wfroth tutorial - Chap I

The Base of the language - Generalities


Base concepts


The first concept we will introduce is the concept of word. In wfroth, a word is represented by characters, any ascii character (7 bits code) different from space, even a digit number. Because, word can't contain space character, this character will be used to separate each word from others. A word correspond to a given action. Numbers are also words. Strings (enclosed by ") are a special case, and are not considered as several words, but as a whole entity.

Dictionnary, Vocabulary

All the defined words belong to the dictionnary. Because there is a lot of words (thousand), words are grouped by family into vocabularies. It's very similar to files, directories and sub-directories under an operating-system such NT or UNIX.

The stack

Because each defined word means a specific action, we can describe a state before calling the word, and a state after. A lot of words perform an action on a specific area: the parameters stack, let's name it simply the stack. Under wfroth, the stack is a data structure:

Think to a stack of plates on a table. You can only:

Stack operation is easy: you just push or pop objects. You don't have to say where, or to specify an item. In wfroth, the stack is said LIFO: Last In, First Out.

Many wfroth words just perform actions on the stack. It's a very easy way to give parameters to a word, and to have results in return. So, for each word, it will be given a stack protocol: stack state before, stack state after. Let's see the stack protocol for the word + : ( n1 n2 --- n3 )

The '---' means the action of the given word. On the left, this is the state before: two parameters (numbers) are popped from the stack (<n2> is the top value, <n1> the value under the top). On the right, the stack state is shown after word operation: a value is pushed onto stack. Of course, we have n3 = n1 + n2. + is a word available when we just start wfroth. Remember: we use here integer arithmetic on stack.

Yes, stack base objects are only numbers (32 bits numbers). But, a number can be interpreted with many ways:

Actually, parameters interpretation depends on each word. You must know the stack protocol to understand how input parameters are interpreted.

The stack is usually hidden in many high level languages (C, Pascal, ...), not in wfroth. wfroth programmers have to push and pop data to/from the stack.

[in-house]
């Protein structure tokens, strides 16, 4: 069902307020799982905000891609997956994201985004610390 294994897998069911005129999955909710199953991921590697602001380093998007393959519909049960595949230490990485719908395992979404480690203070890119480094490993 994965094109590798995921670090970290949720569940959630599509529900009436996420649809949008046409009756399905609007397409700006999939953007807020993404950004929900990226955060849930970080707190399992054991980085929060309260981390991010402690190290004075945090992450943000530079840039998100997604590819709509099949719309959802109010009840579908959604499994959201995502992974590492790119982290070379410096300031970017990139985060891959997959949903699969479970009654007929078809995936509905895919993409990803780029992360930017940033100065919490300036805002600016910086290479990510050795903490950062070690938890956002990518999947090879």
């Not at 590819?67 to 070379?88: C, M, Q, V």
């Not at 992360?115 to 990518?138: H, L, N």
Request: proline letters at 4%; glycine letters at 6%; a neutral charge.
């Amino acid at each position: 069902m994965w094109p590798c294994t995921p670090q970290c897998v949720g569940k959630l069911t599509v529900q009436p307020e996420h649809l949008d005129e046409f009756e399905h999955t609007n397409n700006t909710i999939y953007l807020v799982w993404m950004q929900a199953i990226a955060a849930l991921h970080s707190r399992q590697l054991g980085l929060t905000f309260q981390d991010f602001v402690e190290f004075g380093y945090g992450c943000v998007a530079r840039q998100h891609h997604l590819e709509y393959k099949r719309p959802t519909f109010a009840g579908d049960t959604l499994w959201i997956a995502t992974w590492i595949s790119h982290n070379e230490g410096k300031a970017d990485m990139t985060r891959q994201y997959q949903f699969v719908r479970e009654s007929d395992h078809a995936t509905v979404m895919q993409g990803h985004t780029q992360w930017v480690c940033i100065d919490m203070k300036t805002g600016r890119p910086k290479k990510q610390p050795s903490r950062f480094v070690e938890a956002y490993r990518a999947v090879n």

Action of programming

In wfroth, action of programming consists into creating and adding new words. You just add news bricks. New words are defined with previous words (and only). At the top, we will found a word which is in fact the entire application. At the bottom, we will found words which perform a lot of basic and elementary actions. There is no real frontier between the words you'll find at startup (the library...), and the words that you'll define. We could say that programming in wfroth is to extand the language.

Because each word is a piece of program, we use often the more precise term of definition to design a word. We will see later that code and data are in the same manner also definitions.

In wfroth, you can stay under the integrated developement environment to execute your definitions you have defined. You could test individually each definition of a big program. This is really an interactive language. And do not think a wfroth program as a monolithic thing, but rather as a set of cooperative small definitions.

The extern interpret

The wfroth extern interpret let's you talk with the system. It allows you:

The primary job of the wfroth extern interpret is to parse each word met. There is no special syntax, just some rules: to design characters or hexadecimal numbers, to constant character, etc. The most important thing is to let a space between each word, and a <CR> at the end of the line. Input stream can come:

The wfroth extern interpret knows only one state: compiling state. But some words have a flag set which tells to the extern interpret to execute them instead of compiling them. The most important word to know is ; (semicolon), which means: end the current definition.

The system is always compiling. Two kind of definitions can be defined:

The word ; (semicolon) which ends the current definition is used to execute an anonymous definition. If the word compiled is a number (or a string), then the value (or the address) is pushed onto the stack.

We will find some words which allow to define others, to set the attribute 'immediate', etc.


The major characteristic of the Forth language is: